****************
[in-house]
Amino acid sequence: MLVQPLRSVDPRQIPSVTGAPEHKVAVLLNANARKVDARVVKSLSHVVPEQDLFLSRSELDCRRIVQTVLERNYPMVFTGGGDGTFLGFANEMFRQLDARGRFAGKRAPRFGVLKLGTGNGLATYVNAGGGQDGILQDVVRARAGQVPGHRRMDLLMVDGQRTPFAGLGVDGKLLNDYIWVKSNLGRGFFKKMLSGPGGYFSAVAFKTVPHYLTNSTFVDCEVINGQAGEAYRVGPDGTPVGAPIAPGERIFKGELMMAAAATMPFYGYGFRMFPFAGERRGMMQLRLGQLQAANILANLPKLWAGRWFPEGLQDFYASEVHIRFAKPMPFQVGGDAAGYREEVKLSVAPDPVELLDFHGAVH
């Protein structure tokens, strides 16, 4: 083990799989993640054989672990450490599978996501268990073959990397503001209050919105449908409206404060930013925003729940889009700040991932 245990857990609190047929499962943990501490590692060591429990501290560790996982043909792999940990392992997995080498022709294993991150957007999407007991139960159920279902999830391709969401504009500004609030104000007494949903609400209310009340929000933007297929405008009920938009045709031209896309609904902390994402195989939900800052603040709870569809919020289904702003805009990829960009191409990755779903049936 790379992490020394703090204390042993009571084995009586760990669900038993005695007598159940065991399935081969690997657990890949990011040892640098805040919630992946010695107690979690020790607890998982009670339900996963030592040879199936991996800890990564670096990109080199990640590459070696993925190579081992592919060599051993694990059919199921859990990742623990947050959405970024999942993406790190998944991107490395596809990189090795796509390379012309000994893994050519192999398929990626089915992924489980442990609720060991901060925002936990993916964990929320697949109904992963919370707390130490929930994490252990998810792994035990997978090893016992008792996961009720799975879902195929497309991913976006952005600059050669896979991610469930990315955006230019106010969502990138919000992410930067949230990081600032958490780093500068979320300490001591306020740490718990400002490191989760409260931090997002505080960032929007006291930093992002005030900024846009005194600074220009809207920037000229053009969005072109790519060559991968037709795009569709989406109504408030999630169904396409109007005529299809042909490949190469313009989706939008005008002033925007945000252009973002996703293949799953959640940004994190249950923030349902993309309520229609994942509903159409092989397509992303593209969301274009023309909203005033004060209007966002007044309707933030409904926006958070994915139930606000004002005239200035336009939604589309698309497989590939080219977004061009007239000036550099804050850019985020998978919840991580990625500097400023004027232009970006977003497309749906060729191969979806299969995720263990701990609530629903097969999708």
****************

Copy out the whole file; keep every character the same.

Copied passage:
[in-house]
Amino acid sequence: MLVQPLRSVDPRQIPSVTGAPEHKVAVLLNANARKVDARVVKSLSHVVPEQDLFLSRSELDCRRIVQTVLERNYPMVFTGGGDGTFLGFANEMFRQLDARGRFAGKRAPRFGVLKLGTGNGLATYVNAGGGQDGILQDVVRARAGQVPGHRRMDLLMVDGQRTPFAGLGVDGKLLNDYIWVKSNLGRGFFKKMLSGPGGYFSAVAFKTVPHYLTNSTFVDCEVINGQAGEAYRVGPDGTPVGAPIAPGERIFKGELMMAAAATMPFYGYGFRMFPFAGERRGMMQLRLGQLQAANILANLPKLWAGRWFPEGLQDFYASEVHIRFAKPMPFQVGGDAAGYREEVKLSVAPDPVELLDFHGAVH
């Protein structure tokens, strides 16, 4: 083990799989993640054989672990450490599978996501268990073959990397503001209050919105449908409206404060930013925003729940889009700040991932 245990857990609190047929499962943990501490590692060591429990501290560790996982043909792999940990392992997995080498022709294993991150957007999407007991139960159920279902999830391709969401504009500004609030104000007494949903609400209310009340929000933007297929405008009920938009045709031209896309609904902390994402195989939900800052603040709870569809919020289904702003805009990829960009191409990755779903049936 790379992490020394703090204390042993009571084995009586760990669900038993005695007598159940065991399935081969690997657990890949990011040892640098805040919630992946010695107690979690020790607890998982009670339900996963030592040879199936991996800890990564670096990109080199990640590459070696993925190579081992592919060599051993694990059919199921859990990742623990947050959405970024999942993406790190998944991107490395596809990189090795796509390379012309000994893994050519192999398929990626089915992924489980442990609720060991901060925002936990993916964990929320697949109904992963919370707390130490929930994490252990998810792994035990997978090893016992008792996961009720799975879902195929497309991913976006952005600059050669896979991610469930990315955006230019106010969502990138919000992410930067949230990081600032958490780093500068979320300490001591306020740490718990400002490191989760409260931090997002505080960032929007006291930093992002005030900024846009005194600074220009809207920037000229053009969005072109790519060559991968037709795009569709989406109504408030999630169904396409109007005529299809042909490949190469313009989706939008005008002033925007945000252009973002996703293949799953959640940004994190249950923030349902993309309520229609994942509903159409092989397509992303593209969301274009023309909203005033004060209007966002007044309707933030409904926006958070994915139930606000004002005239200035336009939604589309698309497989590939080219977004061009007239000036550099804050850019985020998978919840991580990625500097400023004027232009970006977003497309749906060729191969979806299969995720263990701990609530629903097969999708």